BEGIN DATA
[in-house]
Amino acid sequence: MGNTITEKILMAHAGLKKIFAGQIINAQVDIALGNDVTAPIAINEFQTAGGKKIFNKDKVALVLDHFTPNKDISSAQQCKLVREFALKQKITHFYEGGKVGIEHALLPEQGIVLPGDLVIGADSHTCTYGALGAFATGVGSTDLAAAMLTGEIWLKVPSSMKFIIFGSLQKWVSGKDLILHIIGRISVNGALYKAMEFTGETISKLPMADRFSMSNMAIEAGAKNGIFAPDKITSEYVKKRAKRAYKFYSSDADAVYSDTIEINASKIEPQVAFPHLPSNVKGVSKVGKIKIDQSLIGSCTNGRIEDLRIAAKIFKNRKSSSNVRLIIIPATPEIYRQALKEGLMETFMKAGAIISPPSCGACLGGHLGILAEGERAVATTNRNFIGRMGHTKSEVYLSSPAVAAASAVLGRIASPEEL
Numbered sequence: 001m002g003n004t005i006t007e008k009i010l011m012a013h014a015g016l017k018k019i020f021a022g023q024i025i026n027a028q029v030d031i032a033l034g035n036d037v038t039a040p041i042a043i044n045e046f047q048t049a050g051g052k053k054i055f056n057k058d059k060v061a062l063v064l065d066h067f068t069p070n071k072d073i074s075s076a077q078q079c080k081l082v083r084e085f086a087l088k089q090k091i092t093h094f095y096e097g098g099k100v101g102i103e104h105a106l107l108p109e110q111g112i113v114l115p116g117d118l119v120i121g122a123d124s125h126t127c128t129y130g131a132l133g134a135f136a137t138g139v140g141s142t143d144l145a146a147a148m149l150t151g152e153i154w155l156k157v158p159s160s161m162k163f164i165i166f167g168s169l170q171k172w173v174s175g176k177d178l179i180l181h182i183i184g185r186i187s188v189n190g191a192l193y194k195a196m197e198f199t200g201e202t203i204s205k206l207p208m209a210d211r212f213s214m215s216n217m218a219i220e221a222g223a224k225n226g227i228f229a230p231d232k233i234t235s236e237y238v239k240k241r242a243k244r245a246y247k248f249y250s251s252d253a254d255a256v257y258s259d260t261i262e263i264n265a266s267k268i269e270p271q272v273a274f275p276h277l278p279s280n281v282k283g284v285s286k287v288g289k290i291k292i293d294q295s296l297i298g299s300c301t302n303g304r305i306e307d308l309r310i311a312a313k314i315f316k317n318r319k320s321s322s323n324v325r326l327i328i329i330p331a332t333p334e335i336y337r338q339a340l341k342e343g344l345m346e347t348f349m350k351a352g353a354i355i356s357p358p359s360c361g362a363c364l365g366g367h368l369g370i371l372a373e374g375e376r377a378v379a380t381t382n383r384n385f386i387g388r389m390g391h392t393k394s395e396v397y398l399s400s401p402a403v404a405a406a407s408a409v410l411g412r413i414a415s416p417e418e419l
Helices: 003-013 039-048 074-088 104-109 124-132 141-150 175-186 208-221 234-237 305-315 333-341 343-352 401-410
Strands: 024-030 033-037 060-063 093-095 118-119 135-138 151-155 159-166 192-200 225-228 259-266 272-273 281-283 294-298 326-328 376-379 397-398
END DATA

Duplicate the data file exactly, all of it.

[in-house]
Amino acid sequence: MGNTITEKILMAHAGLKKIFAGQIINAQVDIALGNDVTAPIAINEFQTAGGKKIFNKDKVALVLDHFTPNKDISSAQQCKLVREFALKQKITHFYEGGKVGIEHALLPEQGIVLPGDLVIGADSHTCTYGALGAFATGVGSTDLAAAMLTGEIWLKVPSSMKFIIFGSLQKWVSGKDLILHIIGRISVNGALYKAMEFTGETISKLPMADRFSMSNMAIEAGAKNGIFAPDKITSEYVKKRAKRAYKFYSSDADAVYSDTIEINASKIEPQVAFPHLPSNVKGVSKVGKIKIDQSLIGSCTNGRIEDLRIAAKIFKNRKSSSNVRLIIIPATPEIYRQALKEGLMETFMKAGAIISPPSCGACLGGHLGILAEGERAVATTNRNFIGRMGHTKSEVYLSSPAVAAASAVLGRIASPEEL
Numbered sequence: 001m002g003n004t005i006t007e008k009i010l011m012a013h014a015g016l017k018k019i020f021a022g023q024i025i026n027a028q029v030d031i032a033l034g035n036d037v038t039a040p041i042a043i044n045e046f047q048t049a050g051g052k053k054i055f056n057k058d059k060v061a062l063v064l065d066h067f068t069p070n071k072d073i074s075s076a077q078q079c080k081l082v083r084e085f086a087l088k089q090k091i092t093h094f095y096e097g098g099k100v101g102i103e104h105a106l107l108p109e110q111g112i113v114l115p116g117d118l119v120i121g122a123d124s125h126t127c128t129y130g131a132l133g134a135f136a137t138g139v140g141s142t143d144l145a146a147a148m149l150t151g152e153i154w155l156k157v158p159s160s161m162k163f164i165i166f167g168s169l170q171k172w173v174s175g176k177d178l179i180l181h182i183i184g185r186i187s188v189n190g191a192l193y194k195a196m197e198f199t200g201e202t203i204s205k206l207p208m209a210d211r212f213s214m215s216n217m218a219i220e221a222g223a224k225n226g227i228f229a230p231d232k233i234t235s236e237y238v239k240k241r242a243k244r245a246y247k248f249y250s251s252d253a254d255a256v257y258s259d260t261i262e263i264n265a266s267k268i269e270p271q272v273a274f275p276h277l278p279s280n281v282k283g284v285s286k287v288g289k290i291k292i293d294q295s296l297i298g299s300c301t302n303g304r305i306e307d308l309r310i311a312a313k314i315f316k317n318r319k320s321s322s323n324v325r326l327i328i329i330p331a332t333p334e335i336y337r338q339a340l341k342e343g344l345m346e347t348f349m350k351a352g353a354i355i356s357p358p359s360c361g362a363c364l365g366g367h368l369g370i371l372a373e374g375e376r377a378v379a380t381t382n383r384n385f386i387g388r389m390g391h392t393k394s395e396v397y398l399s400s401p402a403v404a405a406a407s408a409v410l411g412r413i414a415s416p417e418e419l
Helices: 003-013 039-048 074-088 104-109 124-132 141-150 175-186 208-221 234-237 305-315 333-341 343-352 401-410
Strands: 024-030 033-037 060-063 093-095 118-119 135-138 151-155 159-166 192-200 225-228 259-266 272-273 281-283 294-298 326-328 376-379 397-398